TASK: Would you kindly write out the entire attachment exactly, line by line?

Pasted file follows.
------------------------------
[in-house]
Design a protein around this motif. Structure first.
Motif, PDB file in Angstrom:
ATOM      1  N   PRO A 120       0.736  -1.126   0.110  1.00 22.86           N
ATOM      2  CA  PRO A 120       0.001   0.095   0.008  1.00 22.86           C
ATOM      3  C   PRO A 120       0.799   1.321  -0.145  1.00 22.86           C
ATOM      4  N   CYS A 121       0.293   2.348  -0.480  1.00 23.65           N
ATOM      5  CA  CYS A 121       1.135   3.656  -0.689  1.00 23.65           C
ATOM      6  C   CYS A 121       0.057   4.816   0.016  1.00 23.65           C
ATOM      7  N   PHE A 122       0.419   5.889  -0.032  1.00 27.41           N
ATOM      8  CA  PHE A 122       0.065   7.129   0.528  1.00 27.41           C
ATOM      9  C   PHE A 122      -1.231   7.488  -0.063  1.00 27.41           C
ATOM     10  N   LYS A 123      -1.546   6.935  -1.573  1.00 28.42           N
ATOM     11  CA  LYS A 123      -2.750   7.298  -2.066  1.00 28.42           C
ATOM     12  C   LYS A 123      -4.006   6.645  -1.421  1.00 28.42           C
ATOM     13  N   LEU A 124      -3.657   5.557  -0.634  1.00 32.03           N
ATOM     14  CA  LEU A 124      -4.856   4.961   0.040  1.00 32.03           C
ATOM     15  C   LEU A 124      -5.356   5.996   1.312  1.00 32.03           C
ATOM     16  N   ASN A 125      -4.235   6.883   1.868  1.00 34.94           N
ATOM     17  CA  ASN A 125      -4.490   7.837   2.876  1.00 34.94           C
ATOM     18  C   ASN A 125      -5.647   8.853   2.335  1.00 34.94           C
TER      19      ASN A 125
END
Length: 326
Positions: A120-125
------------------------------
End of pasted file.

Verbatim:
[in-house]
Design a protein around this motif. Structure first.
Motif, PDB file in Angstrom:
ATOM      1  N   PRO A 120       0.736  -1.126   0.110  1.00 22.86           N
ATOM      2  CA  PRO A 120       0.001   0.095   0.008  1.00 22.86           C
ATOM      3  C   PRO A 120       0.799   1.321  -0.145  1.00 22.86           C
ATOM      4  N   CYS A 121       0.293   2.348  -0.480  1.00 23.65           N
ATOM      5  CA  CYS A 121       1.135   3.656  -0.689  1.00 23.65           C
ATOM      6  C   CYS A 121       0.057   4.816   0.016  1.00 23.65           C
ATOM      7  N   PHE A 122       0.419   5.889  -0.032  1.00 27.41           N
ATOM      8  CA  PHE A 122       0.065   7.129   0.528  1.00 27.41           C
ATOM      9  C   PHE A 122      -1.231   7.488  -0.063  1.00 27.41           C
ATOM     10  N   LYS A 123      -1.546   6.935  -1.573  1.00 28.42           N
ATOM     11  CA  LYS A 123      -2.750   7.298  -2.066  1.00 28.42           C
ATOM     12  C   LYS A 123      -4.006   6.645  -1.421  1.00 28.42           C
ATOM     13  N   LEU A 124      -3.657   5.557  -0.634  1.00 32.03           N
ATOM     14  CA  LEU A 124      -4.856   4.961   0.040  1.00 32.03           C
ATOM     15  C   LEU A 124      -5.356   5.996   1.312  1.00 32.03           C
ATOM     16  N   ASN A 125      -4.235   6.883   1.868  1.00 34.94           N
ATOM     17  CA  ASN A 125      -4.490   7.837   2.876  1.00 34.94           C
ATOM     18  C   ASN A 125      -5.647   8.853   2.335  1.00 34.94           C
TER      19      ASN A 125
END
Length: 326
Positions: A120-125